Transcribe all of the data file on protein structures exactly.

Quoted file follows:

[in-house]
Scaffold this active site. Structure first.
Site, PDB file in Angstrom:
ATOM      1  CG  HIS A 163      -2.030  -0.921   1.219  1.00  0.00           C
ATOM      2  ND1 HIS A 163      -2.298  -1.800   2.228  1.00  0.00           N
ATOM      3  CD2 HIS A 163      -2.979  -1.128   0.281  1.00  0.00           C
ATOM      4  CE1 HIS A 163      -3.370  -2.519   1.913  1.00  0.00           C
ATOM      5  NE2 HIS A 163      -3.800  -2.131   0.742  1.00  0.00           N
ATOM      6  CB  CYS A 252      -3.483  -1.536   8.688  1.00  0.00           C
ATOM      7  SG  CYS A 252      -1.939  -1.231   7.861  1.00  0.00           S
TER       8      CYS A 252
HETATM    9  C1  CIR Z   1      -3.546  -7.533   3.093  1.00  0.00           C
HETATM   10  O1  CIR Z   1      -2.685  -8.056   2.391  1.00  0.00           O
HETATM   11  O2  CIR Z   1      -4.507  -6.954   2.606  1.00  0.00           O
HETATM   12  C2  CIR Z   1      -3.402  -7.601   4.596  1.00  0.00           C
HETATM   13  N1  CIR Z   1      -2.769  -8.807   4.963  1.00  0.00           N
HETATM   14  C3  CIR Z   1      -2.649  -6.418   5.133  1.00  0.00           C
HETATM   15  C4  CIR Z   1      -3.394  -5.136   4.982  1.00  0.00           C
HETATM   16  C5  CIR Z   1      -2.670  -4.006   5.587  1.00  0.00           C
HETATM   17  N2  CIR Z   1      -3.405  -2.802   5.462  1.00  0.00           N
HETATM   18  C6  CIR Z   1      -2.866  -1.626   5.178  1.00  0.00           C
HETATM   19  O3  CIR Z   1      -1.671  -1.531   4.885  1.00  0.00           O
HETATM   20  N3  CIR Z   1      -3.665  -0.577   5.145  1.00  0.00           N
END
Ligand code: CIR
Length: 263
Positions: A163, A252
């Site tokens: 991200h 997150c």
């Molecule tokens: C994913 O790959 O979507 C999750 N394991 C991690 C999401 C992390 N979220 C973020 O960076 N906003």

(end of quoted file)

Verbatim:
[in-house]
Scaffold this active site. Structure first.
Site, PDB file in Angstrom:
ATOM      1  CG  HIS A 163      -2.030  -0.921   1.219  1.00  0.00           C
ATOM      2  ND1 HIS A 163      -2.298  -1.800   2.228  1.00  0.00           N
ATOM      3  CD2 HIS A 163      -2.979  -1.128   0.281  1.00  0.00           C
ATOM      4  CE1 HIS A 163      -3.370  -2.519   1.913  1.00  0.00           C
ATOM      5  NE2 HIS A 163      -3.800  -2.131   0.742  1.00  0.00           N
ATOM      6  CB  CYS A 252      -3.483  -1.536   8.688  1.00  0.00           C
ATOM      7  SG  CYS A 252      -1.939  -1.231   7.861  1.00  0.00           S
TER       8      CYS A 252
HETATM    9  C1  CIR Z   1      -3.546  -7.533   3.093  1.00  0.00           C
HETATM   10  O1  CIR Z   1      -2.685  -8.056   2.391  1.00  0.00           O
HETATM   11  O2  CIR Z   1      -4.507  -6.954   2.606  1.00  0.00           O
HETATM   12  C2  CIR Z   1      -3.402  -7.601   4.596  1.00  0.00           C
HETATM   13  N1  CIR Z   1      -2.769  -8.807   4.963  1.00  0.00           N
HETATM   14  C3  CIR Z   1      -2.649  -6.418   5.133  1.00  0.00           C
HETATM   15  C4  CIR Z   1      -3.394  -5.136   4.982  1.00  0.00           C
HETATM   16  C5  CIR Z   1      -2.670  -4.006   5.587  1.00  0.00           C
HETATM   17  N2  CIR Z   1      -3.405  -2.802   5.462  1.00  0.00           N
HETATM   18  C6  CIR Z   1      -2.866  -1.626   5.178  1.00  0.00           C
HETATM   19  O3  CIR Z   1      -1.671  -1.531   4.885  1.00  0.00           O
HETATM   20  N3  CIR Z   1      -3.665  -0.577   5.145  1.00  0.00           N
END
Ligand code: CIR
Length: 263
Positions: A163, A252
């Site tokens: 991200h 997150c």
């Molecule tokens: C994913 O790959 O979507 C999750 N394991 C991690 C999401 C992390 N979220 C973020 O960076 N906003």